Image via Behindthebadge.com
A note: This piece represents the accumulated frustration of watching two years of impotent city governments in Washington, D.C. and Prince George's County fail to reach a deal with D.C. United for a new stadium.
There hasn't been much good news for us soccer fans in the nation's capital the last few months. From the demise of the Poplar Point stadium project to a mediocre 2008 season, D.C. United supporters have suffered waves of injuries and watched high priced foreign talent capsize in MLS. We've been told we can't stay at RFK Stadium, but can't seem to find anyone willing to let us build a new stadium. At least Ben Olsen is playing again these days.
When Victor McFarlane and Will Change bought the team in 2007, they rode into town with deep pockets, ready to throw bags of cash down on a new stadium, the aforementioned Poplar Point Stadium on an undeveloped piece of land in Anacostia, D.C.'s poorest ward. The plan had the support of then mayor Anthony Williams and of then mayoral candidate Adrien Fenty. The team would foot the bill for the stadium and McFarlane would develop the rest of the area surrounding the stadium, promising mixed-use development in an area desperate for investment after years of neglect from a city that has kept its eyes firmly fixed on the other side of the river. In return, McFarlane asked for $200 million in tax incentives and infrastructure improvement from a city still swallowing the $611 million baseball stadium that had been shoved down their throats.
Winning election in 2007, Fenty saw Poplar Point as the crown jewel of his mayoral legacy. Just as Williams has staked his legacy on the success of the Nationals in D.C., so Fenty saw an opportunity for Poplar Point and wanted more. He took McFarlane's plan off the table, opened the project up for competitive bidding, and, subsequently, awarded development rights to Clark Realty.
With no hopes of controlling surrounding development rights, McFarlane said goodbye to the city that had welcomed him with open arms a year before knowing that without developing the rest of Poplar Point, spending his money on a stadium would not be profitable. Just as Abe Pollin built not only the Verizon Center, but also much of the surrounding commercial and residential real estate in the Gallery Place/Chinatown area, McFarlane envisioned a similar renaissance for Poplar Point, but with his plan taken off the table, he ran to Prince George's County, hoping to get the taxpayers to foot the bill for a United stadium. But talks over that project have stalled and are all but dead as politicians are reticent to commit to public spending during a financial crisis.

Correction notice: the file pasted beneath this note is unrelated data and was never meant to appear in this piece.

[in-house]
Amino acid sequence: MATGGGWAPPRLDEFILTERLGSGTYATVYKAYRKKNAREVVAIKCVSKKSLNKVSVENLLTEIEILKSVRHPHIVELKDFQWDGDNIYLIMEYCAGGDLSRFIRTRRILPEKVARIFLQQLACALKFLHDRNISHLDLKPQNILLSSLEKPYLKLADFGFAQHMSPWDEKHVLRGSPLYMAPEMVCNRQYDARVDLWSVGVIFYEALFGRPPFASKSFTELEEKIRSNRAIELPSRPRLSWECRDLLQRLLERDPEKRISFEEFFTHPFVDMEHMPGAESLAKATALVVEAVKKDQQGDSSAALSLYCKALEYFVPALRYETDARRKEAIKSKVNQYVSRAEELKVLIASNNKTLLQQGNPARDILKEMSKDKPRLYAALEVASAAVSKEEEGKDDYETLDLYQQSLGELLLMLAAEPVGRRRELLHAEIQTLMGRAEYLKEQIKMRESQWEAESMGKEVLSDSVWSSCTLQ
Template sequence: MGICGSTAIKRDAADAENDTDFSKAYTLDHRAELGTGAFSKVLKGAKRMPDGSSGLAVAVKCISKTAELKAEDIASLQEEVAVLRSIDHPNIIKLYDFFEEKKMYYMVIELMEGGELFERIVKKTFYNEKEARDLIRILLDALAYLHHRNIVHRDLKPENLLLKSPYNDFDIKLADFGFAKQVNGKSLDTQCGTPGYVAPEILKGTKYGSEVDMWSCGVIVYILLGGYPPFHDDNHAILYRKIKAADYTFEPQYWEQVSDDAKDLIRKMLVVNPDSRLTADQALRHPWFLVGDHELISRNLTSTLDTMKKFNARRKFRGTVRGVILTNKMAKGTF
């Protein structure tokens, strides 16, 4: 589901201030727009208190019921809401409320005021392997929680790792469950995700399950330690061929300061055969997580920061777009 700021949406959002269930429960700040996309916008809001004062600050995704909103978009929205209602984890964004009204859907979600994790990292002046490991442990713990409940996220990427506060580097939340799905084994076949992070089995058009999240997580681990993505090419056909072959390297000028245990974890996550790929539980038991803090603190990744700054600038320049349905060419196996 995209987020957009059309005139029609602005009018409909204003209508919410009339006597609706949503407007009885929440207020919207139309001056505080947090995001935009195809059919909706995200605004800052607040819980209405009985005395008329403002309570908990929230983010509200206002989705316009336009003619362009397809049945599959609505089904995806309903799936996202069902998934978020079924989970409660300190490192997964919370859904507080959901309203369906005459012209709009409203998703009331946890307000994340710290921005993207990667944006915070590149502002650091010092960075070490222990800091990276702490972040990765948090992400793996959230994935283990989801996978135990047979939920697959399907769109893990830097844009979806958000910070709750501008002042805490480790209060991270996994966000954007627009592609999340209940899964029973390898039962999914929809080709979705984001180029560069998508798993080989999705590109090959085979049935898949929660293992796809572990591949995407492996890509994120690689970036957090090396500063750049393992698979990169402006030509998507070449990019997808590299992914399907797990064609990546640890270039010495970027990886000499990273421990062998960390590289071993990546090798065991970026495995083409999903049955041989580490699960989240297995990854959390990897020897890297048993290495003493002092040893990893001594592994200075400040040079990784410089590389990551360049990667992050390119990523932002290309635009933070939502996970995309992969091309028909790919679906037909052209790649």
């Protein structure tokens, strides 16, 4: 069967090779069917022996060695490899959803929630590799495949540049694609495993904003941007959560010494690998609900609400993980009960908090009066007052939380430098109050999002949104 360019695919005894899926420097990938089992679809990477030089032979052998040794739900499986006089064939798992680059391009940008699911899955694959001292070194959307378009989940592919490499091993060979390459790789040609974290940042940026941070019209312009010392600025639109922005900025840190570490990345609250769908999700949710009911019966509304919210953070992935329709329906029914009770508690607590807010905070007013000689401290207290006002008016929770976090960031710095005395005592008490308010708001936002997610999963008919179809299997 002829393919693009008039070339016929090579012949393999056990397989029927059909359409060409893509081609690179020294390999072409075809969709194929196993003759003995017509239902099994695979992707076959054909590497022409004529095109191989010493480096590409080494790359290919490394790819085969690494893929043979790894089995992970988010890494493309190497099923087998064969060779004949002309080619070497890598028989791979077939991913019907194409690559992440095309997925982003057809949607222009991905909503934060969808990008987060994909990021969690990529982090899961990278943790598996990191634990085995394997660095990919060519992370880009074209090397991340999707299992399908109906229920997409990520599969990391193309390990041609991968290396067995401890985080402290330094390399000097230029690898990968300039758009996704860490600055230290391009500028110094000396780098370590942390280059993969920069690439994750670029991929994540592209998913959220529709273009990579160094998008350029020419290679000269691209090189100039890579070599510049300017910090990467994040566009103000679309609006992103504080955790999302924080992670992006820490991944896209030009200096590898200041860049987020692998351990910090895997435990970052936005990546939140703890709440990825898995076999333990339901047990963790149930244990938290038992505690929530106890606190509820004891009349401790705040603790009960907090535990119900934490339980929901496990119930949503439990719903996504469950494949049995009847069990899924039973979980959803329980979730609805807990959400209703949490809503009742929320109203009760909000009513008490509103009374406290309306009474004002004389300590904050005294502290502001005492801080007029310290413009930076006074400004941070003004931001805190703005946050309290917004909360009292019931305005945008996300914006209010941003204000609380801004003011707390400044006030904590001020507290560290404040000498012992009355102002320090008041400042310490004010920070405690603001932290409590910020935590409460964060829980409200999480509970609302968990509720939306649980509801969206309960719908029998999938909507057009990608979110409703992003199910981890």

I've never supported publicly financed stadiums. I think the United plan was a raw deal for P.G. County taxpayers who would never have seen the kind of economic benefit county and United officials had been touting. A suburban soccer stadium will never be a "landmark destination" in P.G. County. No United fan wants to spend his or her evening out at the Morgan Boulevard Metro stop.
Look at the recent success of the Washington Capitols (and soccer teams in Seattle and Toronto). The Caps, in addition to bringing in Alex Ovechkin and winning a lot of games, have targeted a young demographic eager to spend their disposable income on hockey tickets and beers in Penn Quarter. It's cool to be a fan of the Caps in D.C., just as it's cool to support Seattle Sounders FC or Toronto FC. Now if someone proposed a United stadium at the corner of 14th and U with public money I might change my mind, but I don't think the $611 D.C. paid for baseball will pay-off for the taxpayers nor do I think a Prince George's County stadium would have driven a suburban renaissance.
As for Poplar Point, the project could be nearing completion under the guide of United and McFarlane. From my perspective, the city's $200 million investment would have been incidental given the fact that any development on the Poplar Point property would have needed new roads and expanded Metro access if they had built a stadium facility or not. For McFarlane, who has committed over a billion dollars in development in this city, it seems like a small price to pay for development in an area that craves it and during a period when we need to be creating jobs in the District.
But this dream is far from reality. Clark Realty dropped the Poplar Point project as the economy turned sour and the area remains as overgrown and underdeveloped as it was almost three years ago when this whole process started. And today D.C. United's project in P.G. County was finally given its coup de grace.
Worst of all, none of this blame has landed on Adrien Fenty, the man unwilling to be the champion of Ward 8, Poplar Point, and D.C. United. The residents of Ward 8, hungry for change, continue to not see the development their ward needs. As the unemployment rate charges to 10% and shows no signs of slowing, a few thousand construction jobs could go a long way to keeping families solvent and in their homes.
I'm sick of the waiting for something to get done and so is the team. As a soccer fan, I love seeing cities like Seattle and Columbus get behind their clubs, only to find myself feeling abject anger towards my home town. D.C's brought this city four championships in 13 years, spent countless hours working in the community, and brought together disparate sections of this city's diverse population, united in their love of their club. It's time we thank them and recommit ourselves to Poplar Point, Ward 8, and D.C. United's initial stadium plan.